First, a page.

Two senior Chinese officers expelled from Communist Party over corruption charges

The anti-graft drive comes as Xi steps up efforts to modernise forces that are projecting power across the disputed waters of the East and South China Seas, though China has not fought a war in decades.

By: Reuters | Beijing | Published:October 28, 2016 11:29 am
South China Sea dispute, South China Sea, China military, People's Liberation Army, China Army, Chang Wanquan, news, international news, latest news, world news, China news, PLA Naval Military Studies Research Institute, US China, China US In this July 27, 2016 photo released by China’s Xinhua News Agency, Chinese President Xi Jinping, center, shakes hands with military delegates attending a conference of Communist Party members of China’s People’s Liberation Army (PLA) during an inspection tour of the army’s headquarters in Beijing. (AP Photo)

China’s ruling Communist Party has expelled from its ranks two senior military officers for corruption, state media said, part of President Xi Jinping’s sweeping campaign against graft in all sectors of the government. In a brief statement late on Thursday at the end of a four-day party plenum, Xinhua news agency named the officers as Fan Changmi, former deputy political commissar of Lanzhou Military Command, and Niu Zhizhong, once a deputy commander of the paramilitary People’s Armed Police.

Xinhua said the party had confirmed previous decisions to expel them after endorsing a report into their “serious discipline violations”, the usual euphemism for corruption. It provided no details. Fan had been put under investigation in 2014, but this was the first time the government had confirmed Niu was also caught up in a corruption probe, according to Chinese media.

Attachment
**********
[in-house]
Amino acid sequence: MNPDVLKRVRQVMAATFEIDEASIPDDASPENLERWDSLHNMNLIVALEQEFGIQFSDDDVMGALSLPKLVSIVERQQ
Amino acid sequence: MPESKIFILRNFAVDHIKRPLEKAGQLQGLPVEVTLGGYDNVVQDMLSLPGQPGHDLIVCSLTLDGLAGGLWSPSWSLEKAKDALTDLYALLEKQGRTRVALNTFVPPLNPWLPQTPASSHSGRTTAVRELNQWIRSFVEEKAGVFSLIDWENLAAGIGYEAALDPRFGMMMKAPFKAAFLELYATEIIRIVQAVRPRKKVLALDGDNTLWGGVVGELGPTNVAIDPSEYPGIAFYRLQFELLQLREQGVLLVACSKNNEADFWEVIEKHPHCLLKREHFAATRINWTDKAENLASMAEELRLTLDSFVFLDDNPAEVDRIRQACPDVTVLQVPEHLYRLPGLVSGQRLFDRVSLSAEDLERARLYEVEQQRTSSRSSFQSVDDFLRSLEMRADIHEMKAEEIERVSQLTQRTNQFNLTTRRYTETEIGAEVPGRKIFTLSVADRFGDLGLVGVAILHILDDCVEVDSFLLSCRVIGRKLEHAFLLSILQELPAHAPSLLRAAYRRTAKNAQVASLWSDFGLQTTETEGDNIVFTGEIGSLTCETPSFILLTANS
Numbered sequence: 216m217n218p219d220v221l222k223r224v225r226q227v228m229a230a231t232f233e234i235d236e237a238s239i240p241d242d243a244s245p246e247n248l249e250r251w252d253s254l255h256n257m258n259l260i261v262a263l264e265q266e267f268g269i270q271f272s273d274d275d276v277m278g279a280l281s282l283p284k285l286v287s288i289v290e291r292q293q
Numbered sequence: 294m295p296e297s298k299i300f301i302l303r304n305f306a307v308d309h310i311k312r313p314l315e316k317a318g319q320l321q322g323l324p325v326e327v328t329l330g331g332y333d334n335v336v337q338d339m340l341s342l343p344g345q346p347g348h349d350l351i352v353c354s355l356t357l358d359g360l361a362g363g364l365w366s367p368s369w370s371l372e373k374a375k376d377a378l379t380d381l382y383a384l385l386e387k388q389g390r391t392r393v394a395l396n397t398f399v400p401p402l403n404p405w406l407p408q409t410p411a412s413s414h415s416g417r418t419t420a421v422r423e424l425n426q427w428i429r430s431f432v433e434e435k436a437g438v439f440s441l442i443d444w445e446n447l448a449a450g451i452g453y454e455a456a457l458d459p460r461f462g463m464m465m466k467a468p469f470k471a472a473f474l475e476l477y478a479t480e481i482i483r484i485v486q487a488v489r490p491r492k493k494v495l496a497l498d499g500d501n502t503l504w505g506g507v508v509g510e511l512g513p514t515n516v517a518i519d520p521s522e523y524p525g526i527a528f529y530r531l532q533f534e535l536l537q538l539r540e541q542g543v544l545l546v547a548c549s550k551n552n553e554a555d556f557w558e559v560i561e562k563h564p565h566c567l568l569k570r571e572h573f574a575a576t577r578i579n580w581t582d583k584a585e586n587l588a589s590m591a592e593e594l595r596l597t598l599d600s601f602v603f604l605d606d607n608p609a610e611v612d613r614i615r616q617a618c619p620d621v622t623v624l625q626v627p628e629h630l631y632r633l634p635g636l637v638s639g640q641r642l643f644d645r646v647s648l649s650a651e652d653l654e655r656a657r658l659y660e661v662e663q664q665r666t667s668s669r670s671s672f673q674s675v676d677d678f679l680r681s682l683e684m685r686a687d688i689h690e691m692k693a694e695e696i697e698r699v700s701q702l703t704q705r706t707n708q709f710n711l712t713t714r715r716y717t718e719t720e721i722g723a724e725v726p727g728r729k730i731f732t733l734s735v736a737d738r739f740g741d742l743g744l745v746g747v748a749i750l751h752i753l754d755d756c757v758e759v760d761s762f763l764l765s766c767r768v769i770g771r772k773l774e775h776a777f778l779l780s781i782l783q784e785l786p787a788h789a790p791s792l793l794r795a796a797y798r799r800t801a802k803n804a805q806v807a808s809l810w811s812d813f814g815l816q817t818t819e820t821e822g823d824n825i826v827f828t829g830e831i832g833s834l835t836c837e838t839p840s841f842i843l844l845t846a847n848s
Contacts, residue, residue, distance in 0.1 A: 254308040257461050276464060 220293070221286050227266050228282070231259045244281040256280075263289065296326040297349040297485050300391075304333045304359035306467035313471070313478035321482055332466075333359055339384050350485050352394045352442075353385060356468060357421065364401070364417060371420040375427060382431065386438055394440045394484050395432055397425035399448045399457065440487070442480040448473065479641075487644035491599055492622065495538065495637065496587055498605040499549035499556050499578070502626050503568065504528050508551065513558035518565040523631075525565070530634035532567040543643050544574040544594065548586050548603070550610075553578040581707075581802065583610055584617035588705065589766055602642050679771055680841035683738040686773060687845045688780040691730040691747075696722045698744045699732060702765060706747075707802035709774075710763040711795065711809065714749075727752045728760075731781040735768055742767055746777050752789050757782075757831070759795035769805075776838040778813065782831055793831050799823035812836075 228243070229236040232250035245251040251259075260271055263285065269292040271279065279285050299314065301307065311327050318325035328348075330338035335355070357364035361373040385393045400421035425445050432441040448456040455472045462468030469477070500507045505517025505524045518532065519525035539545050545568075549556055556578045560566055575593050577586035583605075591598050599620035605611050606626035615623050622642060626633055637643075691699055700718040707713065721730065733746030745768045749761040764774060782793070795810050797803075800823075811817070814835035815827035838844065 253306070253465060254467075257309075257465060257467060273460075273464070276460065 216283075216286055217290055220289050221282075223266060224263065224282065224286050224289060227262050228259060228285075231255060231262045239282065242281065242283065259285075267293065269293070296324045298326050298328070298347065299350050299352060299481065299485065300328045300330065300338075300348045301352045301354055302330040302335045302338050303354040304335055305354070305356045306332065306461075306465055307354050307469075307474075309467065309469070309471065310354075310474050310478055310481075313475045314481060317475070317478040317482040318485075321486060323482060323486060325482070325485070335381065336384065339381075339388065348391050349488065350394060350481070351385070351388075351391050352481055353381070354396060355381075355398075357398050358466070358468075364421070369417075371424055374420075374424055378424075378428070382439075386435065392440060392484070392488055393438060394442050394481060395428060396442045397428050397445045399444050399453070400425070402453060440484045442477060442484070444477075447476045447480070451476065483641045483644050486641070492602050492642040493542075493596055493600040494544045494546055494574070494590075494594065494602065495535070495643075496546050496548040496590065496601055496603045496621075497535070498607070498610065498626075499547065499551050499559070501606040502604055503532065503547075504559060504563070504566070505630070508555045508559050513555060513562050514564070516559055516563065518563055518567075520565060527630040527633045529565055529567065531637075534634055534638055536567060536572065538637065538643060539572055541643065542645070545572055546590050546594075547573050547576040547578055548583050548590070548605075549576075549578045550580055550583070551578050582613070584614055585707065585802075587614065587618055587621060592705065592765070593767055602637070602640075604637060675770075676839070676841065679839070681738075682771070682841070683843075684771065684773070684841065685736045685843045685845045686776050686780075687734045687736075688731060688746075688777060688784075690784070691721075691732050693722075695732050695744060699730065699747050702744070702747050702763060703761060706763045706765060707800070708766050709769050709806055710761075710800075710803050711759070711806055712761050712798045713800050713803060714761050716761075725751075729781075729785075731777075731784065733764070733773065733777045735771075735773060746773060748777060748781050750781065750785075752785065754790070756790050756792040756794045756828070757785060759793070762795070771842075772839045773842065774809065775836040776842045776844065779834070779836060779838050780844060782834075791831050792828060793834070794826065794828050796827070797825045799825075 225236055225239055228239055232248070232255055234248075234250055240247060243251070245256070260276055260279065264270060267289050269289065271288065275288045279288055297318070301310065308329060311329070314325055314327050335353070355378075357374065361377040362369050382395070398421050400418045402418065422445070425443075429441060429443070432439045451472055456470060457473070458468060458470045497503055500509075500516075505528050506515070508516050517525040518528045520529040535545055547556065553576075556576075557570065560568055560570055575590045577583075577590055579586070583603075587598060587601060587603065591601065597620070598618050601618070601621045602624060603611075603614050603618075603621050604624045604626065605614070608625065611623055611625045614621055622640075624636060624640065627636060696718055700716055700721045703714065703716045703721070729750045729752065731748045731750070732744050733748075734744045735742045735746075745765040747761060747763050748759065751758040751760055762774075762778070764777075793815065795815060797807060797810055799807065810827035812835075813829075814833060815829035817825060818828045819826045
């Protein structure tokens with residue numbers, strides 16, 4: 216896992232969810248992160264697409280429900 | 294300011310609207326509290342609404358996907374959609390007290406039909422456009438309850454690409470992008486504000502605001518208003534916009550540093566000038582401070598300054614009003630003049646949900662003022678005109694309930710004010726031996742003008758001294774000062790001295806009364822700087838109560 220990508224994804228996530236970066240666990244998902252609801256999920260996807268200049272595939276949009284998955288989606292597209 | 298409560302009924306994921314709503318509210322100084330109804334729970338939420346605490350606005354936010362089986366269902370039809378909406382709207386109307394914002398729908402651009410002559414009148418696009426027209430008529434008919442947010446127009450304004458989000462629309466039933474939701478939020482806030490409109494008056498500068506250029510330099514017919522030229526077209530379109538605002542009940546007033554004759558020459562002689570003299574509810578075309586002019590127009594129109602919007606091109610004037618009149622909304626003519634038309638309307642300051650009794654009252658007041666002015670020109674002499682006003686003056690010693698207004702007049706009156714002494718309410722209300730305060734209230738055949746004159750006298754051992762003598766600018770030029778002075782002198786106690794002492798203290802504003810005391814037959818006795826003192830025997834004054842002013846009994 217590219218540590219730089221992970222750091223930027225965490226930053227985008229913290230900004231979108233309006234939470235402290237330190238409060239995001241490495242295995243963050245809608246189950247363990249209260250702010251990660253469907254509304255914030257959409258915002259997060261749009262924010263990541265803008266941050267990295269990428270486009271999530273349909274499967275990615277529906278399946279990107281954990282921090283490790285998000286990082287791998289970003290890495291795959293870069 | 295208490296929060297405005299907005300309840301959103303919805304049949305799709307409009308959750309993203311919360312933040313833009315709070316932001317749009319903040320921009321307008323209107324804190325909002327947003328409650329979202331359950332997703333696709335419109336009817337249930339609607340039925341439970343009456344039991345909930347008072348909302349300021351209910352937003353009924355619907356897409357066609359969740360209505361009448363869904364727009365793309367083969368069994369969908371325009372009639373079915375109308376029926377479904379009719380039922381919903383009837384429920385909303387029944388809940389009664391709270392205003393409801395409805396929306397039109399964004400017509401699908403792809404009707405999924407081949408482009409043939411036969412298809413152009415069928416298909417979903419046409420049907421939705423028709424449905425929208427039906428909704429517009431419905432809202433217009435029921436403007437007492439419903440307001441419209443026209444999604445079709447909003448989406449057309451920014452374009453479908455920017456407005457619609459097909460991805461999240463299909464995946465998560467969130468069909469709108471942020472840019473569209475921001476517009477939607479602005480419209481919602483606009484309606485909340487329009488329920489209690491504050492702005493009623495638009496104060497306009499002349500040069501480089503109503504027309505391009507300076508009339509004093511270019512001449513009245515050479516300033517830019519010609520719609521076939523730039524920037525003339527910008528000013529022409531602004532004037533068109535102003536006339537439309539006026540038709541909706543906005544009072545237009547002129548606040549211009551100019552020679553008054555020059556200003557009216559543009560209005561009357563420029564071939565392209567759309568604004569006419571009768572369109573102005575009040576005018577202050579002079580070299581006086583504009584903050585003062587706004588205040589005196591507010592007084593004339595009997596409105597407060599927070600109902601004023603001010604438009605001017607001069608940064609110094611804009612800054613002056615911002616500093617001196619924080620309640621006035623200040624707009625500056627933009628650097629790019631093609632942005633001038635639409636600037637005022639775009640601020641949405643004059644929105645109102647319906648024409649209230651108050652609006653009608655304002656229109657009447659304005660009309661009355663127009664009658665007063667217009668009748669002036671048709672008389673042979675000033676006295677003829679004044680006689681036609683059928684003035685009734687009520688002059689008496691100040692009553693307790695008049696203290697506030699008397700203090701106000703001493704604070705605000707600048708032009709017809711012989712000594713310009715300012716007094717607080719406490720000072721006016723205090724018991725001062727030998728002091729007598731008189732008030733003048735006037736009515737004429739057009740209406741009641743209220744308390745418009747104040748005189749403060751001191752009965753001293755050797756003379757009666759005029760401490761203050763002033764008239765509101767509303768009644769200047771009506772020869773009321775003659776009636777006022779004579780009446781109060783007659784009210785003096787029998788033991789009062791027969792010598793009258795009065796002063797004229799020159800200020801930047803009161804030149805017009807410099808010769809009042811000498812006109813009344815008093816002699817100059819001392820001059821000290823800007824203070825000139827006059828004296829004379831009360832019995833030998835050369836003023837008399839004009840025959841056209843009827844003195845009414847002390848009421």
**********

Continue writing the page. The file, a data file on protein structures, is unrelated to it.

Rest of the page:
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It was not possible to reach either of them for comment and unclear if they have been allowed to retain legal counsel. Serving and retired officers have said graft in the armed forces is so pervasive it could undermine China’s ability to wage war. Xi has made ending military corruption a top goal.

In July, a military court jailed for life a former deputy head of the powerful Central Military Commission, which runs China’s armed forces, for corruption, the latest in a string of senior officers to be felled. The anti-graft drive comes as Xi steps up efforts to modernise forces that are projecting power across the disputed waters of the East and South China Seas, though China has not fought a war in decades